Sony Corp. last month provided a glimpse of the many choices consumers will soon face when putting together home networks for entertainment, information and telecommuting.
The entertainment giant’s huge booth at the Comdex trade show in Las Vegas included demonstrations of systems that may use four different communication technologies.
Home LANs were are a hot topic at the show as products using the Bluetooth wireless specification finally begin to hit the market and join a plethora of other wireless and wireline technologies. Using home LANs, consumers can link together broadband Internet connections, multiple PCs, connected PDAs (personal digital assistants) and digital game and entertainment devices. However, the range of network technologies available, all useful for different applications, may make choices difficult.
At Sony’s booth, first-day visitors saw demonstrations of networks that can use IEEE 802.11b wireless LAN, Ethernet, IEEE 1394 wireline technology (called iLink by Sony) or the Bluetooth short-range wireless system to connect PCs, portable digital devices and home-entertainment products, including TVs and stereos.
Sony’s vision sees consumers downloading movies, games and other digital entertainment from the Internet as part of a service that delivers Sony-produced content. Gateway devices will bring in the data from the Internet and deliver it on to PCs and entertainment devices.
However, the range of technologies and their capabilities is huge, including Bluetooth’s point-to-point 1Mbps (bit per second) connection, Ethernet at 10Mbps or 100Mbps, IEEE 802.11b wireless LAN at 11Mbps and IEEE 1394 at up to 400Mbps.
At the centre of one demonstration network is Sony’s Broadband Gate, an Internet gateway that can bring in streaming content directly from the Internet via cable, 10Mbps FTTH (fibre to the home) or 52Mbps VDSL (very-high-speed digital subscriber line). Sony demonstrated both _igitised standard TV and digital HDTV (high-definition TV) programming, with interactive features, coming through the device.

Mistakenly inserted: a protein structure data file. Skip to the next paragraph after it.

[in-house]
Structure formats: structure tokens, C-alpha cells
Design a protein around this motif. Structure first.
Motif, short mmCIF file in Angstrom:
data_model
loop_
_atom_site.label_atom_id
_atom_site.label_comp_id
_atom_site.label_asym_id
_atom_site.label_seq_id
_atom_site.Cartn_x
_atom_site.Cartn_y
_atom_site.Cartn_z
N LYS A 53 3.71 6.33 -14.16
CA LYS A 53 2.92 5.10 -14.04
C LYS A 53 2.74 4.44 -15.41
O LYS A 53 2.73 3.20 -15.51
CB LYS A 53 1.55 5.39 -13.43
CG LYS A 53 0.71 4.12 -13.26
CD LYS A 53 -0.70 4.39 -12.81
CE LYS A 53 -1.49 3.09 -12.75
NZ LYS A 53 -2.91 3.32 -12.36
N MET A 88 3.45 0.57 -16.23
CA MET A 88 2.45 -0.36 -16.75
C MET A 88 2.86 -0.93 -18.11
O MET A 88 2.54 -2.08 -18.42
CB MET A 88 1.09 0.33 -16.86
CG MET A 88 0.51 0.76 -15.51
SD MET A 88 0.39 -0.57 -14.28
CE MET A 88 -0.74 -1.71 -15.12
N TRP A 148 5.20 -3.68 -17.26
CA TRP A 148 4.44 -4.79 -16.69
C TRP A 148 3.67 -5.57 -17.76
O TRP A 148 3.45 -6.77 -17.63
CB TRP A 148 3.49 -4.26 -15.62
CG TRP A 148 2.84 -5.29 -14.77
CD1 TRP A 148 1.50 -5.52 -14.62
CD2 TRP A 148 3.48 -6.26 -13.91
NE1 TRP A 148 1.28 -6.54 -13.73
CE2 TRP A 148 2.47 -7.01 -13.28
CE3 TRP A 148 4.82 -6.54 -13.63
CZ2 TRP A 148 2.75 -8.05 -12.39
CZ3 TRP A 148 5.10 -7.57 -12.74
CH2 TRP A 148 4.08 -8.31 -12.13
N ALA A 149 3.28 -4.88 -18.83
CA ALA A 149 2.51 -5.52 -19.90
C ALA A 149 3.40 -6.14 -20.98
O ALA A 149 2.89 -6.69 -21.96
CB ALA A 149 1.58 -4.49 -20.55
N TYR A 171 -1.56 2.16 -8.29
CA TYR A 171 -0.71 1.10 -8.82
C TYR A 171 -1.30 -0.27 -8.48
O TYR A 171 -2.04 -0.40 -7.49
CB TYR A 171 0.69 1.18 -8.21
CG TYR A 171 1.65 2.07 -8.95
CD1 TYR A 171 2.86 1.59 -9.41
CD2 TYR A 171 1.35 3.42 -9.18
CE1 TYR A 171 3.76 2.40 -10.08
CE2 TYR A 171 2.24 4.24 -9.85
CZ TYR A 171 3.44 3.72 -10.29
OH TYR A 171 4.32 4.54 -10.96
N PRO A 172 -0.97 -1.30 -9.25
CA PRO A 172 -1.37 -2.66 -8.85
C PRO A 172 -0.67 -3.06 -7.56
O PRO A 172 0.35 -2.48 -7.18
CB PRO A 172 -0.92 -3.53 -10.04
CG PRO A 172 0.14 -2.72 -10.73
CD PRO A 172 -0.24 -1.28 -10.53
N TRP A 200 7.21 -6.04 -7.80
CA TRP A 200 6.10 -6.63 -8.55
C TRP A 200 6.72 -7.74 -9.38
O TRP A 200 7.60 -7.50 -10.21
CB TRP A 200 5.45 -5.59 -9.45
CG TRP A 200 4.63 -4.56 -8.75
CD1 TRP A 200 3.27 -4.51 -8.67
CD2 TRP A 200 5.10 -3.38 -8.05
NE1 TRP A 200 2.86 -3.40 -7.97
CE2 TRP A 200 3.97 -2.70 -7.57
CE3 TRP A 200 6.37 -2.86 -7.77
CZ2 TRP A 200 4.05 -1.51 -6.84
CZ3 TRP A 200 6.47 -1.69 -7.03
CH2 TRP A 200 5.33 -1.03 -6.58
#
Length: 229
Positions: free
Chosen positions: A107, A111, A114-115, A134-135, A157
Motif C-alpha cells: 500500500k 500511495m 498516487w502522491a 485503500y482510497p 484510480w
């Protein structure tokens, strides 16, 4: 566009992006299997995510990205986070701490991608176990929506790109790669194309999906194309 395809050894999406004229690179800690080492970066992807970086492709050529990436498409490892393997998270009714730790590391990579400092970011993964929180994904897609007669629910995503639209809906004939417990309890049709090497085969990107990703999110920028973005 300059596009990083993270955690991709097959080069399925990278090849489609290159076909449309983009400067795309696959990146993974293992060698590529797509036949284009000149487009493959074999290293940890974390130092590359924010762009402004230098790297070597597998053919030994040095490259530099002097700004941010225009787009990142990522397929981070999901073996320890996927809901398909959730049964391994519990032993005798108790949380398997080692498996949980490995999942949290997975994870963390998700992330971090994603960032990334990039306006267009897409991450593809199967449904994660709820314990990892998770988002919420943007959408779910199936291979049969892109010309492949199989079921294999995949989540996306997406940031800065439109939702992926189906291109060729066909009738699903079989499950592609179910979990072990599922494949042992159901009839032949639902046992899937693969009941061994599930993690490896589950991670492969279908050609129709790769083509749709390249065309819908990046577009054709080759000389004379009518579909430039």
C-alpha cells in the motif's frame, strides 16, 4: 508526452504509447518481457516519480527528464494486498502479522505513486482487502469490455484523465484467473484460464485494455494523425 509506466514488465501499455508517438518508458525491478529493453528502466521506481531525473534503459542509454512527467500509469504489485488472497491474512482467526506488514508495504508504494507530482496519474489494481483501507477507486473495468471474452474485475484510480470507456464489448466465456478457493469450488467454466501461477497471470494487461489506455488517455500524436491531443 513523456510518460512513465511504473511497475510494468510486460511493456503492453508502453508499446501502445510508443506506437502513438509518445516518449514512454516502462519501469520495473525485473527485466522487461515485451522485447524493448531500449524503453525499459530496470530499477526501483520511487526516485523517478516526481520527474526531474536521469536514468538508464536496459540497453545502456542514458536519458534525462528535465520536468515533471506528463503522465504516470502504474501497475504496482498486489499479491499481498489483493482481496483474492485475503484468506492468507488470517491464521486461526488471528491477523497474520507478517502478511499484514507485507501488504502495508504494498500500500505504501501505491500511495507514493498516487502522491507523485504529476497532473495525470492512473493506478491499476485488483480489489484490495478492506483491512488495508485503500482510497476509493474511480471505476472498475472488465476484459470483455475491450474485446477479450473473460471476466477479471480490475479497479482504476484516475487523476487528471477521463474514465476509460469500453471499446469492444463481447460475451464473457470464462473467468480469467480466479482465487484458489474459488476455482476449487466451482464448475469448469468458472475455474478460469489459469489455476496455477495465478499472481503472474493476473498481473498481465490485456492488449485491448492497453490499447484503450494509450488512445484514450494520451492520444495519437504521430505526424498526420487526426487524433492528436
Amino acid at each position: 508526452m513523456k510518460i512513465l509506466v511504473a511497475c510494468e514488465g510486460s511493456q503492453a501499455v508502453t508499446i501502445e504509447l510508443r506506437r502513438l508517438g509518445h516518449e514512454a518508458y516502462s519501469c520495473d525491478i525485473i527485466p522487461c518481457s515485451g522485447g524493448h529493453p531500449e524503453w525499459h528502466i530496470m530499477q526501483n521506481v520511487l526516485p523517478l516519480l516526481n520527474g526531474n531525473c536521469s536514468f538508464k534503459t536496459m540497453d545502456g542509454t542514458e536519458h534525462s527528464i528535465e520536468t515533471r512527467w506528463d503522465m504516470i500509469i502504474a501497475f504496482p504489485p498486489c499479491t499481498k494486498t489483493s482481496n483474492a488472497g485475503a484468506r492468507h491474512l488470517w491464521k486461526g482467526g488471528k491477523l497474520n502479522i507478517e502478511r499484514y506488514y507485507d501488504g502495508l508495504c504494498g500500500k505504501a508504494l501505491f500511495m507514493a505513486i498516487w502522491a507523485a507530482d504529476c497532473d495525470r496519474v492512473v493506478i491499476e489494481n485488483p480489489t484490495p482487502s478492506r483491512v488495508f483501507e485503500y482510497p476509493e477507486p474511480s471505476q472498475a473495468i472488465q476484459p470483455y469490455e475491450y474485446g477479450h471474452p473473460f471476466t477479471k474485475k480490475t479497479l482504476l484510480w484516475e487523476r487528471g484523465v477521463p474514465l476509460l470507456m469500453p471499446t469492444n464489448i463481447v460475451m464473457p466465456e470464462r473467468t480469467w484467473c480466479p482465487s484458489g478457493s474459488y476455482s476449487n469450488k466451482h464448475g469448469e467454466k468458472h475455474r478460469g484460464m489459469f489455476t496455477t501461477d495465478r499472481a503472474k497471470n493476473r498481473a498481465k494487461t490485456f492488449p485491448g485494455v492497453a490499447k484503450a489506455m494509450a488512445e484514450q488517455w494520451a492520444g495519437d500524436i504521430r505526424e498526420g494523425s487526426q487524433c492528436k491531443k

Consumers will be able to watch the programs over PCs connected to the Broadband Gate via either iLink or 10Mbps (bits per second) or 100Mbps Ethernet. Ethernet is likely to be an early choice of consumers because it is a widely-available connection option on PCs, said Kanji Mihara, a system architect in the video networking system products department at Sony.
The Broadband Gate will ship “very soon,” Mihara said – in either 2001 or 2002.
Closer on Sony’s radar screen is its Entertainment Server System, which will probably ship in mid-2001 and take advantage of more commonly-available cable and DSL systems that may not provide the powerful incoming bandwidth of VDSL. The Entertainment Server System includes both an Internet gateway and a server that stores entertainment content such as movies and music on a hard disk. Sony demonstrated PCs accessing movie clips from the server over an 11Mbps wireless LAN. The future 802.11a standard, to offer 36Mbps to 54Mbps, will boost performance further.
Sony probably will package the system with a service that draws on the company’s films, music and games, said Ko Togashi, manager of the Business Strategy Department of Sony’s Personal IT Network Company. Pricing will depend on how the package works, he said.
In yet another display, a PC playing digital music files fed the output of high-end Sony stereo components through iLink. For that application, high sound quality demanded the ultra-high-speed wired connection, a Sony spokesman said.
Also on view at the booth were a prototype PC, PDA (personal digital assistant), Internet gateway, cell phone and phone headset that use Bluetooth. The technology provides for short-range, low-speed, point-to-point transfers of small amounts of data, such as synchronizing a PC and a PDA.
Togashi dismissed concerns about a conflict between Bluetooth and 802.11b, both of which operate in the 2.4GHz frequency band.
“Except for extreme cases where the two are very close together, you’re not going to have a conflict,” Togashi said. Sony has tested Bluetooth and 802.11b on PC Card devices in adjacent slots in the same notebook PC and found they both worked, though with a 30 per cent degradation in performance, Togashi said.
However, Togashi had harsher words for HomeRF, another home network technology that uses the same band. He warned that the 1.6Mbps wireless LAN technology, which Sony is not using, could conflict with other systems.
HomeRF “doesn’t have the flexibility or scalability that we think is needed,” Togashi said. “We don’t endorse it in any way.”
Sony also has not adopted phone-line-based HomePNA or power-line networks, because they are useful mostly in the U.S. and not in Europe or Sony’s home market of Japan, Togashi said.
For the world at large, the company is looking to wireless in the long run.
“If you really think big, it has to be wireless,” Togashi said.
– IDG News Service